By Rus Devorah Wallen
I’m Rus Devorah Wallen, and I’d like to share my T for 2, my Torah thought for two minutes, more or less.
This week is parshas Toldos which means “offspring” and “generations,” that is , the children and stories of a person’s accomplishments. The portion begins with a strange, seemingly redundant phrase: “Eileh toldos Yitzchok ben Avraham, Avraham holid es Yitzchok – These are the generations of Yitzchok the son of Avraham. Avraham fathered Yitzchok.” We know there is nothing extraneous in the Torah, so why is this verse repetitive? One commentary refers to the pride and honor Yitzchok gave to his father Avraham as well as the honor his father gave to him. The Midrash Tanchuma states regarding this seemingly superfluous phraseology: “There are children who are embarrassed by their parents, and there are parents who are embarrassed by their children. With Avraham and Yitzchok, it wasn’t like that: Yitzchok prided himself in that he was “Yitzchok the son of Avraham,” and Avraham prided himself in that he fathered Yitzchok.”
It is a well-known fact that children often emulate or oppose their parents’ values and behaviors. The role modeling of Avraham and Sara and their vigilance in protecting Yitzchok from various influences, helped him follow in their ways. Yitzchok and Rivka similarly taught their children Jacob – Yaakov and Esau – Esav to honor them. However, we know from the beginning of Toldos that when Rivka was pregnant, she knew she had two children of opposite dispositions in her womb. The Midrash Rabba says, “whenever she passed by the doors of the Torah study (i.e., the Schools of Shem and Eiver) Yaakov moved convulsively in his efforts to be born, but whenever she passed by a pagan temple Esav pushed to be born.” Then, the verse says, “When the boys grew up, Esau became a skillful hunter, a man of the outdoors; but Yaakov was a wholesome man who dwelled in the tents.” Rashi quoting the Midrash Rabba here says, “When they reached the age of thirteen, one went his way to the house of learning and the other went his way to the house of idolatry.” The verse goes on to say, “Yitzchok favored Esav because he had a taste for game, but Rivka favored Yaakov.”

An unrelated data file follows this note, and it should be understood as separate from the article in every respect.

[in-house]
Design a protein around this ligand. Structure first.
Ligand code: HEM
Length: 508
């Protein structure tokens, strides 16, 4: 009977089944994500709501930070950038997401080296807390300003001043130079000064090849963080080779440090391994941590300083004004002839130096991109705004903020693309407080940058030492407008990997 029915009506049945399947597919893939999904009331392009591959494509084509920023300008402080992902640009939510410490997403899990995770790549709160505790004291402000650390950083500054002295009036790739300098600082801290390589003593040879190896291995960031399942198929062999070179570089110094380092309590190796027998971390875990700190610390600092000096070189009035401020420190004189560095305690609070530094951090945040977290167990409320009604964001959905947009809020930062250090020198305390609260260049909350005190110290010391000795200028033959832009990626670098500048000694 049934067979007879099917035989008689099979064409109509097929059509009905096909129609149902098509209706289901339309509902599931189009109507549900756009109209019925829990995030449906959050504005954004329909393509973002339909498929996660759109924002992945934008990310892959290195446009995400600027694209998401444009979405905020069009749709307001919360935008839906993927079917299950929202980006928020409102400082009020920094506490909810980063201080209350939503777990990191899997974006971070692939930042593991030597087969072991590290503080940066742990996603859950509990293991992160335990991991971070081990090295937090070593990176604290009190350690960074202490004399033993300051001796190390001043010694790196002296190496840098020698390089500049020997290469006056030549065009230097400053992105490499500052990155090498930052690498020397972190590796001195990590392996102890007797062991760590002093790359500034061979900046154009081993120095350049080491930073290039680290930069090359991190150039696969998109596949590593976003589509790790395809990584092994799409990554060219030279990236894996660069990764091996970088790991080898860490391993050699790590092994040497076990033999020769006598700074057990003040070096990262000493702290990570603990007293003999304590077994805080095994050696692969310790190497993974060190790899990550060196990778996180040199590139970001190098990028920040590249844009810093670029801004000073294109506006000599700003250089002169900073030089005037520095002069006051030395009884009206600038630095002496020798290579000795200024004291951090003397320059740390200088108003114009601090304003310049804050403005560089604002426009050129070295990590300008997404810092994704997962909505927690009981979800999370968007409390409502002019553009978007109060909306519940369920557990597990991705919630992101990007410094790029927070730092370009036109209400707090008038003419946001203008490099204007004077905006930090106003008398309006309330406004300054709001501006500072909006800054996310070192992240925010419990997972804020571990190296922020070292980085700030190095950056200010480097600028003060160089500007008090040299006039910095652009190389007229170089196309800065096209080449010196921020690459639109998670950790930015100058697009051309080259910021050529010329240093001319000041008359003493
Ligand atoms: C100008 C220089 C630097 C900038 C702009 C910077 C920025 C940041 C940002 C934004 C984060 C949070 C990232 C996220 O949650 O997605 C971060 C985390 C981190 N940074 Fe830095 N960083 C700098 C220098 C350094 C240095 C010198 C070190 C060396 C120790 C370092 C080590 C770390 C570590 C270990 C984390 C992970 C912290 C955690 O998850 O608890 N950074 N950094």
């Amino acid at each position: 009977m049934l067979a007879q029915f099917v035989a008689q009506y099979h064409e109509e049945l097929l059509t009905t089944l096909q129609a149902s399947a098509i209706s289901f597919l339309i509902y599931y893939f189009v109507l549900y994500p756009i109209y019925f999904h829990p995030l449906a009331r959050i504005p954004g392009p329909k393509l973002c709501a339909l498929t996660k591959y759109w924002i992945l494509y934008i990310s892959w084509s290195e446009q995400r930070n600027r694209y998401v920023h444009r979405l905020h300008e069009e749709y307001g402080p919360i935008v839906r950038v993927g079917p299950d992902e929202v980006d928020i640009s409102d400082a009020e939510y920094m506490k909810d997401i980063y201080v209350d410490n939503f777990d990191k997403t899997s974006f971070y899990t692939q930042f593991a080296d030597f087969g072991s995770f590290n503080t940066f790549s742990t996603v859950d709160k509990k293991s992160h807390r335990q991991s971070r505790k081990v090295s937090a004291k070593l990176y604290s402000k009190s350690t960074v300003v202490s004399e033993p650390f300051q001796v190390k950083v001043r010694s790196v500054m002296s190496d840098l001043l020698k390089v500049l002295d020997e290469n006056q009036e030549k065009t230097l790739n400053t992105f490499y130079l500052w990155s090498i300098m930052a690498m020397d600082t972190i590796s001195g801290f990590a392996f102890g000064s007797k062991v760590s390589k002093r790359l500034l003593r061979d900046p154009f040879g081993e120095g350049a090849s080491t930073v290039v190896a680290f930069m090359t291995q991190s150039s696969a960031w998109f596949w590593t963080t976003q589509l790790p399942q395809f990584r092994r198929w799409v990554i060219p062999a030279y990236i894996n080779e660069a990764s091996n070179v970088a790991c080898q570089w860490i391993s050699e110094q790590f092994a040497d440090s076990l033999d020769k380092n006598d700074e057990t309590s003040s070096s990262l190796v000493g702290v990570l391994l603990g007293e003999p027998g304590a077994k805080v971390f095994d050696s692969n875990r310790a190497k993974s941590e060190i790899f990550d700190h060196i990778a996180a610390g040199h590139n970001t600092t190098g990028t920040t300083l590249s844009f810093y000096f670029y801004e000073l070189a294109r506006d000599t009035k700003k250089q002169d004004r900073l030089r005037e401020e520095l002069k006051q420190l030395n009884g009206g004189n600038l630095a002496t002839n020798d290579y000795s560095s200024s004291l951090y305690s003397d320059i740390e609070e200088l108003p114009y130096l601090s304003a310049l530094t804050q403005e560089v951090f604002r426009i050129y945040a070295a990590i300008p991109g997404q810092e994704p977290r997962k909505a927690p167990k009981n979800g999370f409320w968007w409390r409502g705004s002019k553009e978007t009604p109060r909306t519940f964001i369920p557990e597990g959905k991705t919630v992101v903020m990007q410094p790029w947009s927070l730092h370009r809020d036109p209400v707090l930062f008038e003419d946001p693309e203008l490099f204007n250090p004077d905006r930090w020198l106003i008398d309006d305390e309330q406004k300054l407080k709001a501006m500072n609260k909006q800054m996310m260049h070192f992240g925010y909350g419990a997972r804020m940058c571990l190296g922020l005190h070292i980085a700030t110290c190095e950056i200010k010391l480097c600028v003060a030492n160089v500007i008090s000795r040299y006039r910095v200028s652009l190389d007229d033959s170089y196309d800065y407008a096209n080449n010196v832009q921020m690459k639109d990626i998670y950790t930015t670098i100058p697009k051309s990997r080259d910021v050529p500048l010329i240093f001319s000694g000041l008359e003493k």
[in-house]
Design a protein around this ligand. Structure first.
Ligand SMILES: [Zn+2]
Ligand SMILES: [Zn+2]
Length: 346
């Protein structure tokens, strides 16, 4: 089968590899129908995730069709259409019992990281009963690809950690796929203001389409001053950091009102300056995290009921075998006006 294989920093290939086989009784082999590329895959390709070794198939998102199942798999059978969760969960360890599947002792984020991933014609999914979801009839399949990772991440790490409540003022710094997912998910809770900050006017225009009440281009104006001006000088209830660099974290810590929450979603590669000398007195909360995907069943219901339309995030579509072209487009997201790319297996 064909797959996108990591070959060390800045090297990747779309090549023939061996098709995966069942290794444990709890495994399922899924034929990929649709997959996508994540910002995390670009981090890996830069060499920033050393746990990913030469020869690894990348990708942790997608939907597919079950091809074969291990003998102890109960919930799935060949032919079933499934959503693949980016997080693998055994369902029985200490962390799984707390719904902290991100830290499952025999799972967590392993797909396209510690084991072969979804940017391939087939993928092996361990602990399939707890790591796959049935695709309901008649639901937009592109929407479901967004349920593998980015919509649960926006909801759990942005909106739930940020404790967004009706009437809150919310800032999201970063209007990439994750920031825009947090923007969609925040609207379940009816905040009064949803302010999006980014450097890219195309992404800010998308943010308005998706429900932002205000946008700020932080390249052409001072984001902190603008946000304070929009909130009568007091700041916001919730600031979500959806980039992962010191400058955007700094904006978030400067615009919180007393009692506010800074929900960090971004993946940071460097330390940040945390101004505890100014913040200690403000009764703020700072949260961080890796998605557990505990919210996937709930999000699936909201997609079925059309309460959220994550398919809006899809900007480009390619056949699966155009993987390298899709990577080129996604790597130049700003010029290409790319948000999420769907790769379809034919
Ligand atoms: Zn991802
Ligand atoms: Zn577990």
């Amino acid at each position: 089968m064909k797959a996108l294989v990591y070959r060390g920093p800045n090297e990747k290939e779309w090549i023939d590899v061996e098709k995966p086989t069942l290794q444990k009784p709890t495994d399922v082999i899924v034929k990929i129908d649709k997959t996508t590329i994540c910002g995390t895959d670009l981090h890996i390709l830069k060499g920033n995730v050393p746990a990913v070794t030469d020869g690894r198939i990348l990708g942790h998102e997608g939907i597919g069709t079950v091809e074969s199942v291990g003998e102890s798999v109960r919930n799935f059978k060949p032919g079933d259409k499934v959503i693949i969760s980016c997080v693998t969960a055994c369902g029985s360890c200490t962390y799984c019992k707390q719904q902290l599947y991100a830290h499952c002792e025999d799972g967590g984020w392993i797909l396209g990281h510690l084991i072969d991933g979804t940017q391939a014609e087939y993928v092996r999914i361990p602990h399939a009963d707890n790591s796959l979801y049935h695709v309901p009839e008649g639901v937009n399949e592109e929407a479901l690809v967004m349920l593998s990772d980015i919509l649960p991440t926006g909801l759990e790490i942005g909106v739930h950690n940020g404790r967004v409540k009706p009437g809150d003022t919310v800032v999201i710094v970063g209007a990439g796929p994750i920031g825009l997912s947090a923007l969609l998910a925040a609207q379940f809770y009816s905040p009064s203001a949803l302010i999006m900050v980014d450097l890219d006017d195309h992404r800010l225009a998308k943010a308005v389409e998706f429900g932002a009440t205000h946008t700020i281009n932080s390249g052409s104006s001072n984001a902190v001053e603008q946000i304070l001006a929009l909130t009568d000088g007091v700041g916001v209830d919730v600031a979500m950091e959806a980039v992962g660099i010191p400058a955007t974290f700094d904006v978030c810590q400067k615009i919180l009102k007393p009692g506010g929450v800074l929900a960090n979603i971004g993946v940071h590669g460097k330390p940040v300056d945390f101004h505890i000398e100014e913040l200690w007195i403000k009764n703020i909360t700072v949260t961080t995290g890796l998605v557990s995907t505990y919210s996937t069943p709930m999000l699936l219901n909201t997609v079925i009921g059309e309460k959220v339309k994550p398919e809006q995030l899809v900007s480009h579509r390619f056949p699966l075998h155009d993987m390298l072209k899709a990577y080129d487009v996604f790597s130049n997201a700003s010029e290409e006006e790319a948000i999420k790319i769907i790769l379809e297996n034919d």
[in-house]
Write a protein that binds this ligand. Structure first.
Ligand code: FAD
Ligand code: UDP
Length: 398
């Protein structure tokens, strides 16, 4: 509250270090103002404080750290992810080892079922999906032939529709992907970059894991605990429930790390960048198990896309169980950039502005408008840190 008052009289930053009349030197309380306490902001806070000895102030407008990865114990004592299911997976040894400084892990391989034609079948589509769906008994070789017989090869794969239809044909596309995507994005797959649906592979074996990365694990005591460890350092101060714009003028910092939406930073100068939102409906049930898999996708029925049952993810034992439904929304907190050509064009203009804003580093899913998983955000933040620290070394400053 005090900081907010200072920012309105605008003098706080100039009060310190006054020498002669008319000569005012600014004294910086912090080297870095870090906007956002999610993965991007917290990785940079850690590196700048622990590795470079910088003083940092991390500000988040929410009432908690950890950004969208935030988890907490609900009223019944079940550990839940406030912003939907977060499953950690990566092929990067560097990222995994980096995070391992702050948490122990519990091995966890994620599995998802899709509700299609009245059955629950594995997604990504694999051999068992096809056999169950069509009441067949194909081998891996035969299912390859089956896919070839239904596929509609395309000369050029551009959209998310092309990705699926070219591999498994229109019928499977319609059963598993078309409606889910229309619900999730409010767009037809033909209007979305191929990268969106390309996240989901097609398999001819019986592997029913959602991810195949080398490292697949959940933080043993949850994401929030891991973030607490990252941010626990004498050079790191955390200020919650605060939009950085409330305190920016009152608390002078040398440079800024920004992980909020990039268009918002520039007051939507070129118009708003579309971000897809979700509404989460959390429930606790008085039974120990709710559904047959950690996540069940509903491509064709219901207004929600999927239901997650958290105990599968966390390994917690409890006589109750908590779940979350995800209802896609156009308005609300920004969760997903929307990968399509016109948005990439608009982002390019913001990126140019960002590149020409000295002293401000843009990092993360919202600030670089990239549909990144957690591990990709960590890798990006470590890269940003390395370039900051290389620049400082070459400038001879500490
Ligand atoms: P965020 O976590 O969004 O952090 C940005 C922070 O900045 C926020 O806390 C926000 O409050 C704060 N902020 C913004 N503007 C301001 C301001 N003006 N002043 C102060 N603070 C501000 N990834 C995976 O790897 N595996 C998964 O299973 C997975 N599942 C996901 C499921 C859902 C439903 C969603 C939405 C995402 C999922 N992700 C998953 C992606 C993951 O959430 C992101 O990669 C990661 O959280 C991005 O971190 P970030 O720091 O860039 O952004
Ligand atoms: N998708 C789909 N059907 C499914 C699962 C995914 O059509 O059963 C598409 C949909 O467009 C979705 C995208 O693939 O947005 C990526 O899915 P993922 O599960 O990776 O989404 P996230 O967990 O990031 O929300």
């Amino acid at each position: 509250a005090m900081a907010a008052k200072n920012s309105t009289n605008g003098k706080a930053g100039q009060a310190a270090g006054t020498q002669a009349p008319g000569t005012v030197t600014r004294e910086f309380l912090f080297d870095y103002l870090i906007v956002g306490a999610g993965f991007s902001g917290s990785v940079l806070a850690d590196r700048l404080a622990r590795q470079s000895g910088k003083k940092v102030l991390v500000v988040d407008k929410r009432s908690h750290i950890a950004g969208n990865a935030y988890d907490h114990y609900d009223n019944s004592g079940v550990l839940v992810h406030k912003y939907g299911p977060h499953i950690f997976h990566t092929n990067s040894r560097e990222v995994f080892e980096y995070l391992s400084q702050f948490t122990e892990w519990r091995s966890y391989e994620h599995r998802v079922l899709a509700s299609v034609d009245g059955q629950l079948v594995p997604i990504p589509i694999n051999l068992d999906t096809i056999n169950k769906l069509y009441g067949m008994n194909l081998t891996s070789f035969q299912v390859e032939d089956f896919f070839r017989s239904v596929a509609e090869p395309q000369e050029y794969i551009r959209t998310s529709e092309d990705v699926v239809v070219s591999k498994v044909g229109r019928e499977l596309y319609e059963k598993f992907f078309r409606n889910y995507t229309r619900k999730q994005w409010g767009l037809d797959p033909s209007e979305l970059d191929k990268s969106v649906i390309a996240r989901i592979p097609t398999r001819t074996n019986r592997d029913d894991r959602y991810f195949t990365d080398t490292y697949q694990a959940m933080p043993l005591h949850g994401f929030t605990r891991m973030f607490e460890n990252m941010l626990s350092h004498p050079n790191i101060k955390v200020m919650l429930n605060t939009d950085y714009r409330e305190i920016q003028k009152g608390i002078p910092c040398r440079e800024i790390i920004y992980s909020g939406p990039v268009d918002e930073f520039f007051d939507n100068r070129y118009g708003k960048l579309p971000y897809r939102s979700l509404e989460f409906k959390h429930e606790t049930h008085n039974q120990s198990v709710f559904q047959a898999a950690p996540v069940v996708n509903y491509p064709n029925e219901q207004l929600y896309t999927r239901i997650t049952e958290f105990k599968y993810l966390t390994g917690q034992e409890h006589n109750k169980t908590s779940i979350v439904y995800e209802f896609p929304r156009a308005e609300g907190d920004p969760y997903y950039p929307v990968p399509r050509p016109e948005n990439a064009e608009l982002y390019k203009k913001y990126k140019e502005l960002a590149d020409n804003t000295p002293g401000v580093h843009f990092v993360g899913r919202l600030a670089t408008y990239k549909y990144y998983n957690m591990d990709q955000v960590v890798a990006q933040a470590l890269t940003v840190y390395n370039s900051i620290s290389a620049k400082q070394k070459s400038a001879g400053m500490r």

The commentators explain that Esav honored his father by hunting for him, but Yaakov was scholarly and more reserved. Rivka knew the differences from early on, so she told Yaakov to bring a tasty dish to his father in Esav’s stead and advised him to put on Esav’s fur garment to receive the blessing. The Talmud explains, this coat was removed from King Nimrod when Esav murdered him the day he was “exhausted,” and sold his birthright to Yaakov for a pot of lentils. It says, “Esau committed five sins on that day: he dishonored an engaged woman, he committed a murder, he denied G‑d, he denied the resurrection of the dead, and he spurned the birthright.” Yitzchok, although physically blind, knew the deep-rooted potential in Esav’s troubled soul. To bring Esav close to his ways, Yitzchok wanted to give him the merit of honoring him. Thus, knowing Esav’s inclination towards the material world, Yitzchok’s deathbed request was of food. What a parenting lesson for all of us! Even if a child’s conduct is horrible, we can never give up. Even into their adulthood we must continue to develop their inner potential, digging deep into their wells of being. The Talmud tells us we are responsible for one another, whether biologically related or not, whether perfectly behaved or not.
So, back to the story, it says regarding the tasty dish Yaakov “brought it to his father – Vayavo el Aviv.” The two words vayavo and aviv have the same letters, “He brought” – “to his father,” but in the opposite order like a palindrome “Vayavo” is spelled Vov, Yud, Veis, Alef and “Aviv” is spelled Alef, Veis, Yud, Vov! This hints at idea that if you honor your parents sincerely, your children will honor you back and your good deeds will be returned to you. The Torah even describes a reward for this mitzvah – “l’ma’an yerichun es yomecho – your own years will be lengthened.” Since Esav also honored his parents, even though with material and superficial things, he, and Yaakov both lived to a ripe old age.
Tanna D’vei Eliyahu says, “Every Jew is obligated to say, ‘When will my deeds reach the deeds of my forebears?” May we honor our parents and emulate our matriarchs and patriarchs who endowed us with their spiritual DNA. Our transcendent genome has kept us impacting the world in unique and statistically unimaginable ways. May we be able to keep up our inheritance of kindness and compassion, giving pride, nachas to Hashem as well as our biological or spiritual parents and children wherever they may be.
Rus Devorah Wallen is an accomplished musician, performer, social worker, psychotherapist, and educator.